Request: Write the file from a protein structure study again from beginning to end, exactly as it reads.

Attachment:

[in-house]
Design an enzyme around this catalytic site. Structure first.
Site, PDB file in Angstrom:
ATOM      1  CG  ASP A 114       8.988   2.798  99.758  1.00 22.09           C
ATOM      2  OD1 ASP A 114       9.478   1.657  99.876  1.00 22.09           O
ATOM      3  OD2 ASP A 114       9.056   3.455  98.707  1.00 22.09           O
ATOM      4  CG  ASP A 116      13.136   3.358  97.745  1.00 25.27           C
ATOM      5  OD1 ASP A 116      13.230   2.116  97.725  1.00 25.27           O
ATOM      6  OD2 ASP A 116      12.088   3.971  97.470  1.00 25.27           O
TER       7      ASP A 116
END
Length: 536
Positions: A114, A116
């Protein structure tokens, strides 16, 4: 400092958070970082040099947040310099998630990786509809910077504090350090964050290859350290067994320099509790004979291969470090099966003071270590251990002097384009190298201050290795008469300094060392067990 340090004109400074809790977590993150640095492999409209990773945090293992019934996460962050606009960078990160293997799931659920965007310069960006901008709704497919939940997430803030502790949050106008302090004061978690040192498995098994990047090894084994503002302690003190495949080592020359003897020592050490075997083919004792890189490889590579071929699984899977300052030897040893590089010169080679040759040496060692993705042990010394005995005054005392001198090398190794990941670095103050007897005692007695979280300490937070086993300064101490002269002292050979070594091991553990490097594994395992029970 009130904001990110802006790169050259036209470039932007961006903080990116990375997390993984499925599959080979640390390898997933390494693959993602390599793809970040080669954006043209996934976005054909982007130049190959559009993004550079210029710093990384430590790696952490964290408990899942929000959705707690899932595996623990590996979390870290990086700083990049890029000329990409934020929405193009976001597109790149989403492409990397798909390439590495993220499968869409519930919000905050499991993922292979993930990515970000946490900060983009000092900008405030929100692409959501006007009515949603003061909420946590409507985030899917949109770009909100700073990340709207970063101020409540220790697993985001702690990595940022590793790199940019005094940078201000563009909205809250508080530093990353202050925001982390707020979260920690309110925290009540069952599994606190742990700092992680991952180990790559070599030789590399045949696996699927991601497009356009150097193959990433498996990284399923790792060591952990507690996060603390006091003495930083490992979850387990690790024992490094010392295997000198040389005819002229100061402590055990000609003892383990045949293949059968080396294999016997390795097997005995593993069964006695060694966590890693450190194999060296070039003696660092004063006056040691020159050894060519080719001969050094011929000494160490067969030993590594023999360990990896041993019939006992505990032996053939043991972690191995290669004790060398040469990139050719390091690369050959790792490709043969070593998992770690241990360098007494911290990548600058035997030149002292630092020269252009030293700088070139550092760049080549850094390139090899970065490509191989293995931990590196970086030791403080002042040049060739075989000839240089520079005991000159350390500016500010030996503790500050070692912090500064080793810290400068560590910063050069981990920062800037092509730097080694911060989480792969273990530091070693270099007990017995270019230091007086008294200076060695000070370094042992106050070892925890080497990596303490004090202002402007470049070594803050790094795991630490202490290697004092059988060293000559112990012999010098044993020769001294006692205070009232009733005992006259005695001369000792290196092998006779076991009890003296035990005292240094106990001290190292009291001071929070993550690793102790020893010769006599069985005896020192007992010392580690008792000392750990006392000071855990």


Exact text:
[in-house]
Design an enzyme around this catalytic site. Structure first.
Site, PDB file in Angstrom:
ATOM      1  CG  ASP A 114       8.988   2.798  99.758  1.00 22.09           C
ATOM      2  OD1 ASP A 114       9.478   1.657  99.876  1.00 22.09           O
ATOM      3  OD2 ASP A 114       9.056   3.455  98.707  1.00 22.09           O
ATOM      4  CG  ASP A 116      13.136   3.358  97.745  1.00 25.27           C
ATOM      5  OD1 ASP A 116      13.230   2.116  97.725  1.00 25.27           O
ATOM      6  OD2 ASP A 116      12.088   3.971  97.470  1.00 25.27           O
TER       7      ASP A 116
END
Length: 536
Positions: A114, A116
């Protein structure tokens, strides 16, 4: 400092958070970082040099947040310099998630990786509809910077504090350090964050290859350290067994320099509790004979291969470090099966003071270590251990002097384009190298201050290795008469300094060392067990 340090004109400074809790977590993150640095492999409209990773945090293992019934996460962050606009960078990160293997799931659920965007310069960006901008709704497919939940997430803030502790949050106008302090004061978690040192498995098994990047090894084994503002302690003190495949080592020359003897020592050490075997083919004792890189490889590579071929699984899977300052030897040893590089010169080679040759040496060692993705042990010394005995005054005392001198090398190794990941670095103050007897005692007695979280300490937070086993300064101490002269002292050979070594091991553990490097594994395992029970 009130904001990110802006790169050259036209470039932007961006903080990116990375997390993984499925599959080979640390390898997933390494693959993602390599793809970040080669954006043209996934976005054909982007130049190959559009993004550079210029710093990384430590790696952490964290408990899942929000959705707690899932595996623990590996979390870290990086700083990049890029000329990409934020929405193009976001597109790149989403492409990397798909390439590495993220499968869409519930919000905050499991993922292979993930990515970000946490900060983009000092900008405030929100692409959501006007009515949603003061909420946590409507985030899917949109770009909100700073990340709207970063101020409540220790697993985001702690990595940022590793790199940019005094940078201000563009909205809250508080530093990353202050925001982390707020979260920690309110925290009540069952599994606190742990700092992680991952180990790559070599030789590399045949696996699927991601497009356009150097193959990433498996990284399923790792060591952990507690996060603390006091003495930083490992979850387990690790024992490094010392295997000198040389005819002229100061402590055990000609003892383990045949293949059968080396294999016997390795097997005995593993069964006695060694966590890693450190194999060296070039003696660092004063006056040691020159050894060519080719001969050094011929000494160490067969030993590594023999360990990896041993019939006992505990032996053939043991972690191995290669004790060398040469990139050719390091690369050959790792490709043969070593998992770690241990360098007494911290990548600058035997030149002292630092020269252009030293700088070139550092760049080549850094390139090899970065490509191989293995931990590196970086030791403080002042040049060739075989000839240089520079005991000159350390500016500010030996503790500050070692912090500064080793810290400068560590910063050069981990920062800037092509730097080694911060989480792969273990530091070693270099007990017995270019230091007086008294200076060695000070370094042992106050070892925890080497990596303490004090202002402007470049070594803050790094795991630490202490290697004092059988060293000559112990012999010098044993020769001294006692205070009232009733005992006259005695001369000792290196092998006779076991009890003296035990005292240094106990001290190292009291001071929070993550690793102790020893010769006599069985005896020192007992010392580690008792000392750990006392000071855990």